conceptual doubt about CUDA

I’m starting to inform myself on CUDA.

It seems that each thread of a kernel executes with an XYZ index.

Does that mean that if I execute myfunction<<<1,10>>>(parameters) it executes 1000 threads each with its own unique XYZ index?

I guess I’m wrong cause that would be inefficient, for example, if I’m working on a 2 dimensions array, where I only need to refer to threadId.x and threadId.y
In a 10x10 array I need only 100 threads, instead of 1000

With CUDA, you can index things with threads in 1d, 2d, or 3d.

Calling this :

kernel<<<1, 10>>>();

is actually only calling 1 block of threads with 10 threads per block so only 10 threads will actually be run.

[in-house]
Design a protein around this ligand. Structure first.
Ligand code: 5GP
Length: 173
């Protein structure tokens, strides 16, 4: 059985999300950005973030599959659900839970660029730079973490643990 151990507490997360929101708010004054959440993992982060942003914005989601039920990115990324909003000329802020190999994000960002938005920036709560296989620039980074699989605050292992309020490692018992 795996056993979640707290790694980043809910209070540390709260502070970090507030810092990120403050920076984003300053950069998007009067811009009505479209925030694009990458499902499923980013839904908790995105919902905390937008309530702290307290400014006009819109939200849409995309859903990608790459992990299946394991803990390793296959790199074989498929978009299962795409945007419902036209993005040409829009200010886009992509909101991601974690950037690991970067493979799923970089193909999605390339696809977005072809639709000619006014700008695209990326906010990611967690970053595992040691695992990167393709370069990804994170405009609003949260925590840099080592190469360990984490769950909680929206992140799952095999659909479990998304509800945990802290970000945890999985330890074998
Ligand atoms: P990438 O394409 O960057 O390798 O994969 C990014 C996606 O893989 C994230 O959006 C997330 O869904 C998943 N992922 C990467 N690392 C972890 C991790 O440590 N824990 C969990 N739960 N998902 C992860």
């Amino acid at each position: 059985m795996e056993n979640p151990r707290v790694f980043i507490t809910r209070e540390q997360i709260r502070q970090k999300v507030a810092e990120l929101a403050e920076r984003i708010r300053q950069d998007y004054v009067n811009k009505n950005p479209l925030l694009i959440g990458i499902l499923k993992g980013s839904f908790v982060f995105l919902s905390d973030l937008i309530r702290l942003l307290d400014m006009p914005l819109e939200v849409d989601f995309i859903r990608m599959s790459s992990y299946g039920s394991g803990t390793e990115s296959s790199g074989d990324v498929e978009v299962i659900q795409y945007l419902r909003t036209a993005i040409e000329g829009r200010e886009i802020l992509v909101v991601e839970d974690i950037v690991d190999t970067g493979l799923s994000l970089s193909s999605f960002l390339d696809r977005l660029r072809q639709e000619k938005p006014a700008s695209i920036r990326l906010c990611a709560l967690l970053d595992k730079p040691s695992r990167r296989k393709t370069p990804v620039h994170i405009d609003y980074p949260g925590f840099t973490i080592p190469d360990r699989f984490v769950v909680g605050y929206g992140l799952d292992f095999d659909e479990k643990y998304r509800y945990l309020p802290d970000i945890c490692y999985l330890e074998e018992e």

Hopefully this will help : http://stackoverflow.com/questions/2392250/understanding-cuda-grid-dimensions-block-dimensions-and-threads-organization-s

“It seems that each thread of a kernel executes with an XYZ index.”

It seems that each thread of a kernel executes with a common, shared XYZ index.

myfunction<<<1,10>>>(parameters), read within context would imply a grid of (1, 1, 1), and a block of (10, 1, 1)
grid multiplied by block gives 10 threads, not 1000

I see it now, thanks